As Restaurant Chains Continue To Raise Prices, Consumers Are Starting To Notice

Food & Drink

One of the key narratives in the restaurant industry at the moment–and all industries, really–is pricing.

It’s a worthy discussion to be sure, as menu prices at limited-service concepts are up about 8% over 2020, while full-service restaurants are charging about 6% more. These increases come as operators navigate a confluence of cost pressures, from gas to commodities to labor, in an inflationary environment not seen in about 40 years.

So far, consumers have been willing to pay those higher prices, leading chains to test the boundaries as they work to protect their margins.

Chipotle’s menu prices are about 10% higher compared to 2020, for instance, with incremental increases throughout the past several months. Bloomin’ Brands’ pricing is up about 5%, noting that its previous 3% increase wasn’t enough to offset inflationary pressures.

During McDonald’s Q4 call, CFO Kevin Ozan said the chain’s pricing was up a little over 6% in 2021, “to deal with the 4% commodity price increases or food and paper increases, as well as labor inflation and the competitive environment.”

“We look at two primary things–one, how customers are reacting both from the customer research as far as how they view value, as well as whether they’re still coming from a transaction standpoint,” Ozan said. “And two, just understanding where we are versus the competitive environment and cost pressures. And so that’s the way we’ll continue to look at it as we go into 2022.”

McDonald’s increase is in line with food-away-from-home increases of 6.4%. It’s also in line with the competitive environment as several concepts have raised prices to manage pressures.

As far as whether customers are “still coming from a transaction standpoint,” however, we may be nearing a threshold. According to a new report from Revenue Management Solutions, visits to drive-thrus decreased in the beginning of 2022 versus 2021.

Most guests report at least one less weekly drive-thru visit compared to 2021. Four less visits a month per customer is certainly noteworthy. Perhaps more concerning, RMS’ research shows consumers’ intention to order at a drive-thru has slipped by 7% year-over-year.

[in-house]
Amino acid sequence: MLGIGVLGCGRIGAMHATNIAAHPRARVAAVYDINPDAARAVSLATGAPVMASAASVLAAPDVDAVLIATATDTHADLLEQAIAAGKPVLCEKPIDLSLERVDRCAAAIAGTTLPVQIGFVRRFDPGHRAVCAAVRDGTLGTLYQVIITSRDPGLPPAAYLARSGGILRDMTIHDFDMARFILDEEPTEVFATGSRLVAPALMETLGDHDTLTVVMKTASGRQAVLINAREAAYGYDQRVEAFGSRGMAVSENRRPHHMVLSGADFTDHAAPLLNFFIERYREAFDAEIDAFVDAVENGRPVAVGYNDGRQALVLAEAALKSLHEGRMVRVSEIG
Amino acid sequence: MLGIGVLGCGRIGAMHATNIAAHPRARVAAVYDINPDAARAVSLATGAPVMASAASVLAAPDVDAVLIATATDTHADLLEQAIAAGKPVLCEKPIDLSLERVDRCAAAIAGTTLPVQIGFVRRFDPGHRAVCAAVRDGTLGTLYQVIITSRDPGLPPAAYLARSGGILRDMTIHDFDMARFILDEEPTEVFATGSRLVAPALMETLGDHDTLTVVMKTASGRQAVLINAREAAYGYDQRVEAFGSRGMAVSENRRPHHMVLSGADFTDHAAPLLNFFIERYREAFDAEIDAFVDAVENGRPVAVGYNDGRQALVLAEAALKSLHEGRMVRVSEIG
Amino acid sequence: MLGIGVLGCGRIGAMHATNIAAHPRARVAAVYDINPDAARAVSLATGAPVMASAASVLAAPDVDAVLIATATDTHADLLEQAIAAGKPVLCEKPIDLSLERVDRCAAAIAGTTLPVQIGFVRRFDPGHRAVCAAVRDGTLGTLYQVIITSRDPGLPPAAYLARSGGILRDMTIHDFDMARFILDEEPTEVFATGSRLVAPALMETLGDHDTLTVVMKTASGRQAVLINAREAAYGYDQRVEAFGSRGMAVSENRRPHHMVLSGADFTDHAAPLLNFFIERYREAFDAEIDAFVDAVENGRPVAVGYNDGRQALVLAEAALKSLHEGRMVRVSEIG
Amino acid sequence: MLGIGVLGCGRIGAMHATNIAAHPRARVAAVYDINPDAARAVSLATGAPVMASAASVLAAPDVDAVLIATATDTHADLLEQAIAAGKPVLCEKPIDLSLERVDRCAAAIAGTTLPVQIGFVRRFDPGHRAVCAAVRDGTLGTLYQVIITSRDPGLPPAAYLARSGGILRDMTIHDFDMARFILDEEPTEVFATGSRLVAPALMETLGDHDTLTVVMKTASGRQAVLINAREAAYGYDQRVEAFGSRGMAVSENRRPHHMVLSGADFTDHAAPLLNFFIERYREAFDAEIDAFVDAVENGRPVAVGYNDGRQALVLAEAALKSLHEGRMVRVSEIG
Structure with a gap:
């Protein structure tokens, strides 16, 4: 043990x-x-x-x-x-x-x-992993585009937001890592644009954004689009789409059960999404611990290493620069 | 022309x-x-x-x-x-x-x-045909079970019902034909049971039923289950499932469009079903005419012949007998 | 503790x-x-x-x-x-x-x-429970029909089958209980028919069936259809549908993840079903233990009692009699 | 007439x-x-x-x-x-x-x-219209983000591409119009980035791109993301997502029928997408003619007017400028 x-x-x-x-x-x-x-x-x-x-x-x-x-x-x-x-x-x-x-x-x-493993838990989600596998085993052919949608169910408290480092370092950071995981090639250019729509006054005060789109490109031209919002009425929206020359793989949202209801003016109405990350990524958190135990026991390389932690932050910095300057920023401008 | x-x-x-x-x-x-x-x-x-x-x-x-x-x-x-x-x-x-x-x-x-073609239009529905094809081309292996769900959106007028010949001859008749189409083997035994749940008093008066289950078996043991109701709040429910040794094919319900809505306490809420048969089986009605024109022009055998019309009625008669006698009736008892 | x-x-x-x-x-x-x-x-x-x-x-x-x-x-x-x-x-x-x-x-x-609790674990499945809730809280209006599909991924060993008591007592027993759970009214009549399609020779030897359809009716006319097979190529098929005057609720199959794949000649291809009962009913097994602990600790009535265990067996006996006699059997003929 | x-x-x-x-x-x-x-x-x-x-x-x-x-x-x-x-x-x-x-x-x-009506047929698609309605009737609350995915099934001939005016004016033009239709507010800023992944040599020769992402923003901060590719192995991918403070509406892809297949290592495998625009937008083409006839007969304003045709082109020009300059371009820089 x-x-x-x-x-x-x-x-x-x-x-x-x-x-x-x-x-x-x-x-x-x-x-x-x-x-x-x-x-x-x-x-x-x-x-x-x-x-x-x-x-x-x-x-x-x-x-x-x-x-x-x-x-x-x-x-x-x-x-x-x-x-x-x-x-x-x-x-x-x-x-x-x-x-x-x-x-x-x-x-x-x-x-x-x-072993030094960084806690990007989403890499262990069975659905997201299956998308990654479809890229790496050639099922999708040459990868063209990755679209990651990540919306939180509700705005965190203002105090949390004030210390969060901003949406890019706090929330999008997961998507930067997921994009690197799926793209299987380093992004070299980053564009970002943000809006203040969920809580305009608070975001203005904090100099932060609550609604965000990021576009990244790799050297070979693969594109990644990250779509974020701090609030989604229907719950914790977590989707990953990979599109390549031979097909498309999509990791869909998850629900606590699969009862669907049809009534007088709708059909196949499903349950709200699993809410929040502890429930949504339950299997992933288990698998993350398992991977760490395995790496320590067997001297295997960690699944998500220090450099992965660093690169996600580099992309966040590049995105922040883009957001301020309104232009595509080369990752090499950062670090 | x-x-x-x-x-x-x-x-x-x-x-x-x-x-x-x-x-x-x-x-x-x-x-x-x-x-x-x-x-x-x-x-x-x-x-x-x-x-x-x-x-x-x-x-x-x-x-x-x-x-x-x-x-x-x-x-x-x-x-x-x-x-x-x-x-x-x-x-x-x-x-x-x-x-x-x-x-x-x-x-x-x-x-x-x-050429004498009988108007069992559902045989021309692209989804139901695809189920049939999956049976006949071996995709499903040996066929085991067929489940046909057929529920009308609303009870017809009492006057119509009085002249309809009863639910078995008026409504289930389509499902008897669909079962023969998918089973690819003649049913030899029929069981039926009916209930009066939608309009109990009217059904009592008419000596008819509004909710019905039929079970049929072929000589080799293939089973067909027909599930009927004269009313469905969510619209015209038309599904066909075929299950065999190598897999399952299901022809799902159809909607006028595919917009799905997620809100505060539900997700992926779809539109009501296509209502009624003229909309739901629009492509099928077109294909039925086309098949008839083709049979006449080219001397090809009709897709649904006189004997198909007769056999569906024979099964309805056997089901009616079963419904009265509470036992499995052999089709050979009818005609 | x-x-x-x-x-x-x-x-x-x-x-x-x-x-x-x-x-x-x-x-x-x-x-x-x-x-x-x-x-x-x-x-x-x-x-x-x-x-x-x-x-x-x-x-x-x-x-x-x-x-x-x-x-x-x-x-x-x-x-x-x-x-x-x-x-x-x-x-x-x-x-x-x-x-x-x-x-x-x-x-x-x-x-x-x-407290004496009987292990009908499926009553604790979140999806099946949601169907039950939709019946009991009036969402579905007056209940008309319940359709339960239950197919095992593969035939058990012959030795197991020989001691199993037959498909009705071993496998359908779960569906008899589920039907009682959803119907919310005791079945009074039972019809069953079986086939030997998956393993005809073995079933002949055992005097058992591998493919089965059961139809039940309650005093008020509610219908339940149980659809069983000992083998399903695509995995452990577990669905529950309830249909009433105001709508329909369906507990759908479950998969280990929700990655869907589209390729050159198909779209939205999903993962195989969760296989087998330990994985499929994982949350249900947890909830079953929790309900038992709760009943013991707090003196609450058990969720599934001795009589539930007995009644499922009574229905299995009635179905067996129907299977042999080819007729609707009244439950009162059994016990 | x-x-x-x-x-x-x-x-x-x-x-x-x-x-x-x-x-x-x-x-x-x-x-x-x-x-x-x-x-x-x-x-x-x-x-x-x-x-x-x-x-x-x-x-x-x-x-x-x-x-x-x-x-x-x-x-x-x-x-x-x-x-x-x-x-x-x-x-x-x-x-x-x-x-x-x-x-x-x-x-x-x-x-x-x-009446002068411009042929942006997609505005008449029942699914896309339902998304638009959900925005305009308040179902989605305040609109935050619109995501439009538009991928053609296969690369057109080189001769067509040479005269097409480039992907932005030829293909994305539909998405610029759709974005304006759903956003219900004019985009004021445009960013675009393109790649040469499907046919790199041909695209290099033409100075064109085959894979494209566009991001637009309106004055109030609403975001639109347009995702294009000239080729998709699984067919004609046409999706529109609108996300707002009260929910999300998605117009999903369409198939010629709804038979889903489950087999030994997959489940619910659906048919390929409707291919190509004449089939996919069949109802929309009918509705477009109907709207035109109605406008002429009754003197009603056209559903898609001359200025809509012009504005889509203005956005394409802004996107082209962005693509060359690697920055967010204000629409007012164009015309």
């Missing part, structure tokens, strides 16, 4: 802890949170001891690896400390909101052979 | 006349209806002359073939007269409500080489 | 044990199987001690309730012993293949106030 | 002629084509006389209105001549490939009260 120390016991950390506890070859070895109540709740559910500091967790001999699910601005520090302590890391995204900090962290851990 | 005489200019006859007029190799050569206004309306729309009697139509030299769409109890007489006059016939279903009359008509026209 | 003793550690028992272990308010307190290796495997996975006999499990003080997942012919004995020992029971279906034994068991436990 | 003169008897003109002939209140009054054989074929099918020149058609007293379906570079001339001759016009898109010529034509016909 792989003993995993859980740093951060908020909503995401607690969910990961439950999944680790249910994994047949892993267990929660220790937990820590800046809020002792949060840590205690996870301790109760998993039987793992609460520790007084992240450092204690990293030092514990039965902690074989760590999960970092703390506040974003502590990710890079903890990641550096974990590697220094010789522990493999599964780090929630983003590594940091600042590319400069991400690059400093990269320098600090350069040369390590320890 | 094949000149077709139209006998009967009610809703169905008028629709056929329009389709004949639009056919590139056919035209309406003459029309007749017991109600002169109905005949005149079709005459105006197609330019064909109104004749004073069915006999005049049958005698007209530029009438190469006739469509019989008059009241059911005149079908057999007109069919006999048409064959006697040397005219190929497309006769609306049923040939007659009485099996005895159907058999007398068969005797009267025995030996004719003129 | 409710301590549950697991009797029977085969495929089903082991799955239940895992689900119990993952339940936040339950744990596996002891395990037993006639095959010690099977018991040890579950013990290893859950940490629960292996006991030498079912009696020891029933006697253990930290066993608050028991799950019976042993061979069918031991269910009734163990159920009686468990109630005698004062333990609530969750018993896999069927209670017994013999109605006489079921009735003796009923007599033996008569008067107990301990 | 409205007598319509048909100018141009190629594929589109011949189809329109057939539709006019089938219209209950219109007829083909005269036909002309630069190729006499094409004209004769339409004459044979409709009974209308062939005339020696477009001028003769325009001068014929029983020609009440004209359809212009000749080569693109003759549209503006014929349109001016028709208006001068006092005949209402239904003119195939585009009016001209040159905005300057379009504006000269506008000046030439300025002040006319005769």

This trend is likely a result of higher gas prices versus higher menu prices, however. Historically, higher gas prices have negatively impacted drive-thru concepts as consumers change their driving habits.

That said, consumers are also very much aware of higher menu prices overall and their perception of value has shifted accordingly. RMS’ data shows that 68% of consumers feel that restaurant prices are “higher” or “much higher,” while 63% find restaurant prices to be “too high.”

Don’t expect restaurant chains to stop pushing boundaries just yet, though. During Starbucks Q1 call in February, former CEO Kevin Johnson said the company has “taken pricing actions” in January and has “additional pricing actions planned through the balance of the year.” Wendy’s CFO Gunther Plosch said the company expects to price “north of 5%” in 2022.

“From what we are seeing now is we have not seen really any impact on the price increases,” Plosch said during the company’s Q4 call. “From a market share point of view, we gained traffic and dollar share in the QSR burger category in the fourth quarter.”

Indeed, nearly every chain is trying to convince investors they have pricing power–the sweet spot for value or brand equity–to raise costs even more. However, the actual sweet spot here for the industry may be that more consumers–83%–believe grocery prices are “higher” or “much higher” and they’re cutting back on staples accordingly. This perhaps intensifies the share of stomach battle as consumers weigh their tightened budgets.

That said, restaurant usage requires more of a conscious choice and the industry won’t be immune to trade offs as prices inch even higher. RMS data shows, for example, that 34% are ordering less expensive items from restaurants, while 30% are opting for less expensive restaurants.

In fact, two in five consumers believe they’re getting less value from restaurants now than they were just last month, with 82% reporting higher prices as the reason.

RMS predicts higher prices and inflation will affect restaurant traffic throughout the remainder of the year. Pricing will continue to be a risky balancing act for operators as a sizeable portion of the industry continues to recover from the Covid-19 pandemic. The omicron surge, for instance, impacted recovery at 80% of small restaurants, illustrating there is simply not a lot of room for traffic loss right now.

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